SK: At first there was the balance where, starting out, I knew exactly what I wanted out of a street band and Brad—who could barely play the washboard—really didn’t. When he began adding all this stuff onto his washboard, I thought that maybe this is how it should be. Nobody was telling the first blues artists how to do what they did. They just did it. I’ve learned a lot from playing with Brad about just forgetting about how the songs are “supposed to sound” and to rebuild them as though we were born in that time. It makes it more authentic that way.
BS: Exactly. The old guys weren’t following some “basic progression” of the blues.
SK: In a way, Brad really improved my slide playing. My sliding is built around this kind of rhythmic chatter between he and I.
AVC: So you tend to focus more on the raw end of the blues spectrum?
BS: Well, yeah. How many times do you need to see an all-dad blues revue? [Laughs.] Now, that’s definitely the blues I grew up on, but Boo definitely steered me more toward the acoustic stuff. When I met him I was more into indie stuff, which I still am I guess.
SK: The biggest difference between the new blues and the old blues is that the new stuff has gained a purity of tone, quality of notes, and clarity. The old guys couldn’t afford that stuff, so they had to rely on rhythm, which is what is really interesting to me about the blues.
BS: These are the first African-Americans who got to play music again. A lot of the earlier stuff is based so much on the old African chants and syncopations. During slavery and Jim Crow, black people weren’t allowed to play instruments for fear of an uprising.
SK: With the slide stuff, I don’t do a lot of that typical stuff. I’m more interested in popping notes, popping strings, and doing little sweeps where I mimic Brad or add to his rhythms. Also, we use a lot of classically rotten notes or “blue notes,” because you get something out an atonal note that you don’t get out of a perfectly in tune note with a key or whatever. If you throw in a wrong note, it can add a percussive quality, because it jolts the ear. The other beautiful thing about the slide is that you can mimic the human voice.
AVC: You went on your first big tour this past spring. Were you hitting up venues or mostly busking?
BS: Mostly venues, but both, really. We went down to Texas and played all points in between. We played mostly venues, but when we played the street in the French Quarter in New Orleans, we were really at home.
SK: I got us a gig while we were on tour at this place in Mississippi called the Shack Up Inn.
BS: It was in Clarksdale, which was the capitol of the Delta blues.
SK: It was a bed and breakfast converted from worker and slave cabins.
BS: The booker’s name was Guy, and we told him we played straight-up Delta blues. He was like, “Yeah, I think y’all would be great. We’ll put you up in the Airstream trailer.”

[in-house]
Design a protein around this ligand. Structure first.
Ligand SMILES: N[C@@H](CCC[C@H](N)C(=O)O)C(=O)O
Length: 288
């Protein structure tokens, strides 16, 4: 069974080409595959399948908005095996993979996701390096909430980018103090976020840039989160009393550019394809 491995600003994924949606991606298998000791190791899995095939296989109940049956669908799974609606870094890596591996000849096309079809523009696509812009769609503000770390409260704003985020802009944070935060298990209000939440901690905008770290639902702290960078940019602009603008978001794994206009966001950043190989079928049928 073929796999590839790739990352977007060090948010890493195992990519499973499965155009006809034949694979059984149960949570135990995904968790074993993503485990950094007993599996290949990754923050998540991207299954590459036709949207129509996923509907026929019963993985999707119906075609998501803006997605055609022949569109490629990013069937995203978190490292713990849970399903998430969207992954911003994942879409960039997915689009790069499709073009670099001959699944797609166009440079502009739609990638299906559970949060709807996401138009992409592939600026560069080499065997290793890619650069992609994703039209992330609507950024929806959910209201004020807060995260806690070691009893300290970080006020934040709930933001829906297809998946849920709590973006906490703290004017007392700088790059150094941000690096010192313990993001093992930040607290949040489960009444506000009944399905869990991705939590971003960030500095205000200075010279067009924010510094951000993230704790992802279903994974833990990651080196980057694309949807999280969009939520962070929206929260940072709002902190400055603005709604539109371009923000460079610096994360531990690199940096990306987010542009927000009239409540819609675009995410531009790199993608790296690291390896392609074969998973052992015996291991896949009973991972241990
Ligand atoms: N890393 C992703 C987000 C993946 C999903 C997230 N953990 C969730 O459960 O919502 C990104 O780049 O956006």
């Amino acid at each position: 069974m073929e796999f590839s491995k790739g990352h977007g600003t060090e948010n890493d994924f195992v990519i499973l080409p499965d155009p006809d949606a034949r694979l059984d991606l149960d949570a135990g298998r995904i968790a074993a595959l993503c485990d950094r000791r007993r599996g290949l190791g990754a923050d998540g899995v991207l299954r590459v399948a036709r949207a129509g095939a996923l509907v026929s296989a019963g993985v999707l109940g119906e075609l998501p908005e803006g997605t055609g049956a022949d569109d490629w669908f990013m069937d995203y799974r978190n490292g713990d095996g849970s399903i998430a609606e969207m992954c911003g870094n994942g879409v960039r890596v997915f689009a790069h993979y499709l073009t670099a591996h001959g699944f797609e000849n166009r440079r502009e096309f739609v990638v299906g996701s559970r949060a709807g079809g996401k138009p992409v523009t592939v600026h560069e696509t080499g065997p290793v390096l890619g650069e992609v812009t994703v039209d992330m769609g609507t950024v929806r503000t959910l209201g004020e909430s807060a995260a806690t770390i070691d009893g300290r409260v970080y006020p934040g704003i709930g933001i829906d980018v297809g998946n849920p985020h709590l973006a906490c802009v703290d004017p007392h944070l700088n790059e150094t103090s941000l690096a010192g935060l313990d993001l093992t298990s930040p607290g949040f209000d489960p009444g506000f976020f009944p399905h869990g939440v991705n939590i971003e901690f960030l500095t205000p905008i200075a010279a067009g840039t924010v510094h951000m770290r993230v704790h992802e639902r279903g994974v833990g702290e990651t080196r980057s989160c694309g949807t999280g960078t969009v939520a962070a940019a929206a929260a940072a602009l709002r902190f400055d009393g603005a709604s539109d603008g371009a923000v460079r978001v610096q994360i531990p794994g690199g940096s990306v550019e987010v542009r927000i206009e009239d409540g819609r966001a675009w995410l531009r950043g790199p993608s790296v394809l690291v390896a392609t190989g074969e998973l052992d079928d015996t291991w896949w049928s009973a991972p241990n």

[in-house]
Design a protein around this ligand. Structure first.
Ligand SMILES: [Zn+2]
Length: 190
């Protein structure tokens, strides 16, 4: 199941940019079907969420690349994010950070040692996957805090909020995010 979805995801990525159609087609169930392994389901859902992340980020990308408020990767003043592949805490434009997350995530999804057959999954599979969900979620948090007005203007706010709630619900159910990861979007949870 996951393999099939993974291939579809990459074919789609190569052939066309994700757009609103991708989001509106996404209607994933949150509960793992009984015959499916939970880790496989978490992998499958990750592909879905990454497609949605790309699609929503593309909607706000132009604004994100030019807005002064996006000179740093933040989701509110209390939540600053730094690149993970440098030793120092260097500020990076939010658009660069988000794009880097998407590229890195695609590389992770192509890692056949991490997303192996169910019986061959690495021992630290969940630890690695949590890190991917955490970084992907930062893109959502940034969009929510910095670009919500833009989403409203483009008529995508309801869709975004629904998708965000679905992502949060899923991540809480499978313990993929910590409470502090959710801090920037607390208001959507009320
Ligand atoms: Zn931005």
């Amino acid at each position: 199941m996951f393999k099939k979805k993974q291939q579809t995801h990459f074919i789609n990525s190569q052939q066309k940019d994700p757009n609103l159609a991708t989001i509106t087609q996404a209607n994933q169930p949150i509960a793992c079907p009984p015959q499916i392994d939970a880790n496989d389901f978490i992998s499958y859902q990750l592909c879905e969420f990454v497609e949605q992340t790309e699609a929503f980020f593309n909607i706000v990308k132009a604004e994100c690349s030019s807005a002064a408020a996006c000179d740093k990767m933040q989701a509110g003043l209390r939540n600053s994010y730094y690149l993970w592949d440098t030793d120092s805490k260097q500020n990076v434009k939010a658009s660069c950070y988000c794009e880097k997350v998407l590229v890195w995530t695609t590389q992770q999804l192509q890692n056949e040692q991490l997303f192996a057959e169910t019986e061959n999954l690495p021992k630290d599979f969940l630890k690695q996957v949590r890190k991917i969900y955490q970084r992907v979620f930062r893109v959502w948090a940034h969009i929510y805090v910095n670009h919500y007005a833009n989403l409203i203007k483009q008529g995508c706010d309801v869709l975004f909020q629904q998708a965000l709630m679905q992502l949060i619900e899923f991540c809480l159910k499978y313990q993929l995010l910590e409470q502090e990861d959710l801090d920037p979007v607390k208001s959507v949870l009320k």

SK: We also played this place called Red’s that had been up since the '60s. It was a complete dive. There was this plastic sheeting on the ceiling, it hadn’t been raining or anything, and there were puddles just pouring down. [Laughs.] When I checked the microphone, it zapped me in the mouth, and I was like, “Are we playing a show or being electrocuted?”
AVC: What’s next?
BS: I think mostly we’re just looking to mess around with recording a new album. I was recording a lot this week for fun while he was out of town. I have a whole trunk of pots and pans that I got at St. Vincent’s Dig And Save, and I’ve been banging them on the walls. I want something that has a fuller, crazier sound.
AVC: So your new recordings won’t be limited to what you are capable of pulling off live?
BS: Until now, the recordings have been based on the live sound. Before, we’d do no more than three takes live, sitting in a room. But like, we haven’t done a record for a couple years now. We are starting to think about what to do with the next one. We definitely want to maintain the traditional street sound, but we also want a broader selection of sounds and textures. We have already started some preliminary stuff. Recording has been a bit tough because the summer is when we make the best money, and I can’t put making a new record too ahead of making rent and eating. Unfortunately, the stuff we’ve been doing lately isn’t on any of our CDs. So we really want to get the album done, do a tour out East, and then maybe end up in New Orleans for the winter. I grew up here, but I don’t have the build for the winters here anymore. Also, Boo’s a Southern boy, so he doesn’t like the winters much either.
Listed as on of the "Six things you should do (see) around Madison."
I had the opportunity to take in a night of live blues when we went to the opening night of the Steel Bridge Songfest at The Nautical...so we dropped by to give a listen and were treated to several other great local blues bands, as well.
The first was an accoustic blues duo called The Boo Bradley. Watching Brad Selz zone into his rhythms on the washboard was a treat I won't soon forget. Scott "Boo" Kiker provided down-home vocals and guitar for a simple but effective southern gumbo of train track blues.